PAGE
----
In addition to all that, I spent the day with my lovely daughters, talking on the way down, sharing a picnic lunch in the Botanical Gardens, complete with the Etoile bread from Pandora that they love, talking some more on the way home. Ms Thirteen listened to the entire concert, but the Misses Ten listened to some, and read their books for the rest. We sat in the front row so that the girls could see, and it must have been somewhat disconcerting for the choir and orchestra to see them with their noses buried in their books, but at least they were there. They will absorb the music, and in years to come, they will remember this concert. Because we were sitting in the front row, I could see the celloist’s score, and watch the bass player’s bowing, and see the intricacies of the interaction between first and second violins. It made me intensely aware of the long continuo passages underpinning the melodies from the choir.

And for all the not standing, I am still buzzing with the music, and with the sensation of sound surrounding me. It was a great day out.


* I’m sure that anyone with even the smallest sense of New Zealand geography will be aware of exactly which town I refer to as Greenhills. However, Mr Google isn’t, and for reasons of employment, that’s how I want to keep it.

Reminder – submit some posts for DUFC

I’m hosting the December Down Under Feminists Carnival here. I’m hoping to get it up by Sunday 4 December, so I would be very much obliged if you would submit some posts before then. Any feminist post, broadly interpreted, by any down under blogger, also broadly interpreted, is eligible for the carnival.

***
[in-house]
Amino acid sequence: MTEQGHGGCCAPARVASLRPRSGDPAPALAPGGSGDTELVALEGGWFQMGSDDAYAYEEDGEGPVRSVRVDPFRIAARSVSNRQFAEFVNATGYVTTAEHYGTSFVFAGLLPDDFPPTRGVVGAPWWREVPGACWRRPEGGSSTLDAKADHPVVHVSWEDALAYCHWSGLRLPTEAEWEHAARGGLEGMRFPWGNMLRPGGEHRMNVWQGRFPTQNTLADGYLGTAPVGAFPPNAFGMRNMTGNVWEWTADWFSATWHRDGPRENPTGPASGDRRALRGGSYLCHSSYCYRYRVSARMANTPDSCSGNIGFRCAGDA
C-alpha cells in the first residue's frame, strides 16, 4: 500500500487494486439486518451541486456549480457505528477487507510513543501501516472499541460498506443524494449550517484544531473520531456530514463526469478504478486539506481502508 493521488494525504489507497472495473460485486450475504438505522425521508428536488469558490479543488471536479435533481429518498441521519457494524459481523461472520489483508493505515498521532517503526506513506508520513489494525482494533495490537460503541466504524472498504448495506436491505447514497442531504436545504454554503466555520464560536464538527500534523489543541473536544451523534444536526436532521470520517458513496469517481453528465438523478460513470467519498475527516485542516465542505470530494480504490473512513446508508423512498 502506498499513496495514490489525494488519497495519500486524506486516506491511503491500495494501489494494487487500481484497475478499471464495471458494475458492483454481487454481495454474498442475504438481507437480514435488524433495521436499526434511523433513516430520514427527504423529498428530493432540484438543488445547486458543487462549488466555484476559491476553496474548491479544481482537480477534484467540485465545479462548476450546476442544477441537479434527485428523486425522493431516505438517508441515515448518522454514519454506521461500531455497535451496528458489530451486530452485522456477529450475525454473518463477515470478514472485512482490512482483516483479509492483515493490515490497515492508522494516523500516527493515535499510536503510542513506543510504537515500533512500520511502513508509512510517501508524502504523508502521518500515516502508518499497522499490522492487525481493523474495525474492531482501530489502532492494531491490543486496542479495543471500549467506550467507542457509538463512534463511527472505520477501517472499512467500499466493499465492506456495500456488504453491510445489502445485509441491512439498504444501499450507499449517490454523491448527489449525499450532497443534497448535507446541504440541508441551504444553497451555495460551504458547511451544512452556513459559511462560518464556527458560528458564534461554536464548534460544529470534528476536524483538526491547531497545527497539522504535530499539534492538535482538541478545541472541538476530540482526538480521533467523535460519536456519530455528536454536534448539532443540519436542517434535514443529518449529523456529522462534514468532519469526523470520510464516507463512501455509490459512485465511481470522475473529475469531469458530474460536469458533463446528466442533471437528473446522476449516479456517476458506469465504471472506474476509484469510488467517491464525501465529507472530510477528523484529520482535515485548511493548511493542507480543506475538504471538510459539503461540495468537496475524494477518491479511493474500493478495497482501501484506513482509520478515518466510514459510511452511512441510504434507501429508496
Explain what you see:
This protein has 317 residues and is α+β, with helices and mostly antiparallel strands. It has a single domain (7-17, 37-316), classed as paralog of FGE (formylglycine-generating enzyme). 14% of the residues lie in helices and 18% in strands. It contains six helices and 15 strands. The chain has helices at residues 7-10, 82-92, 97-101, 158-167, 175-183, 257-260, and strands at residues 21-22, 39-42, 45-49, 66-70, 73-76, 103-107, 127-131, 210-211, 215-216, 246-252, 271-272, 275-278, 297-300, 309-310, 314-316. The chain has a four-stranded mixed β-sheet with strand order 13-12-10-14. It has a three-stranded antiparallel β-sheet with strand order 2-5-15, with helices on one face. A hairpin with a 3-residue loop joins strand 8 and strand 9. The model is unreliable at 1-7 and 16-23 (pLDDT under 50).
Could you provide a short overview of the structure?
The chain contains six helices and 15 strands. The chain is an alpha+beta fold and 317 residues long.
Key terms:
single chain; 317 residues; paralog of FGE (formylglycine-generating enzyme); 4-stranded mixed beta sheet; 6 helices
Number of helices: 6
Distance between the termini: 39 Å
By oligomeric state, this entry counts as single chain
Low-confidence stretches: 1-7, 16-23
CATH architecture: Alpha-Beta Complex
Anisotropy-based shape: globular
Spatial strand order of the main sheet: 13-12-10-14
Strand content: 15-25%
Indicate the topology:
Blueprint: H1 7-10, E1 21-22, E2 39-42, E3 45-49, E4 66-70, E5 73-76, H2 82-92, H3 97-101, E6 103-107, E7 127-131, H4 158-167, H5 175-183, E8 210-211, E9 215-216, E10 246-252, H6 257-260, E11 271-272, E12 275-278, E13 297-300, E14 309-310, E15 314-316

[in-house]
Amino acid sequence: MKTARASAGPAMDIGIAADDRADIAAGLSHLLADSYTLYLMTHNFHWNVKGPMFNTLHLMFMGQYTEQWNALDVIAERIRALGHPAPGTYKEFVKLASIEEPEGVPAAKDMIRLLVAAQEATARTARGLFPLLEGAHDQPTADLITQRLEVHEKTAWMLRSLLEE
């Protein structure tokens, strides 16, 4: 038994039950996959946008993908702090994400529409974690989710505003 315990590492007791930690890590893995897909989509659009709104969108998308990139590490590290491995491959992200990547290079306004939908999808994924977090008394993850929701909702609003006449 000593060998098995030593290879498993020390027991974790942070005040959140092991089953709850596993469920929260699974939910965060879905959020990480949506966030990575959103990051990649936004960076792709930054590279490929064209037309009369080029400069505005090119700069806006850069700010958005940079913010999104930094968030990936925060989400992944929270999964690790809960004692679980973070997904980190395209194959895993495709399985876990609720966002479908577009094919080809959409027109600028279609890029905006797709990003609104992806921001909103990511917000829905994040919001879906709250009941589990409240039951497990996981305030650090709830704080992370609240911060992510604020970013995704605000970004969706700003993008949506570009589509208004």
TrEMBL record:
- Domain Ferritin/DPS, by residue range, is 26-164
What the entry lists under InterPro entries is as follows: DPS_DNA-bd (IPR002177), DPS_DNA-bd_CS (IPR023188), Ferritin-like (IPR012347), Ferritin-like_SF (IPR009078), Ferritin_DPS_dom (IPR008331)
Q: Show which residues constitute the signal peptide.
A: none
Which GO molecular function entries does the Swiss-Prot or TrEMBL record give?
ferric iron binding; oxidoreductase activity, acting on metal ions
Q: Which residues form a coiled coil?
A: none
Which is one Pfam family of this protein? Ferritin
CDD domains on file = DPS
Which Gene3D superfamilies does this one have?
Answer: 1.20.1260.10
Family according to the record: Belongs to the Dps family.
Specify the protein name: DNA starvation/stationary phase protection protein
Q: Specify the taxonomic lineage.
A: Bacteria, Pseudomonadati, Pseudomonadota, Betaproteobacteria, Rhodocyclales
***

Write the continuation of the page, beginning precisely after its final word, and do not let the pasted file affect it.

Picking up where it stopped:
The carnival submission form seems to have gotten out of sorts again, so it’s probably best to send submissions direct to me at my hotmail account. I use the handle dfr141. Or you could leave submissions in comments on this post. One link per comment would be good, or WordPress’s spaminator might devour it.

I’m especially keen to highlight posts by new bloggers, or by bloggers who haven’t been in the carnival previously. But I’m keen to hear from established bloggers too. I’m going to have a limit of two posts per blogger, so that the carnival remains manageable.

Many thanks to Bec and Chally for the links they have sent me already.

So why is it that women are the ones doing it wrong?

Cross posted

Deborah Coddington alternately infuriates me and delights me as a columnist. ‘Alternately’ is probably overstating it, but I cheered a couple of weeks back when I read this:

I’m still proud that in 1986, when Petricevic was filthy rich, I threw him out of my restaurant for being vile to waiting staff.

Source: Fiercely rich give wealthy hard workers a bad name

I was less heartened to read this:

Is there a gender pay gap in this country for people doing the same job? It seems so, according to research from the Ministry of Women’s Affairs – up to 17 per cent less than men for graduates with equivalent degrees. But the causes are complex and – women won’t want to hear this – it’s largely our fault.

To generalise, we just don’t care enough. It seems we’re not as pushy as men when it comes to negotiating pay rises. We also take years out of our careers to have children and therefore miss out on promotion.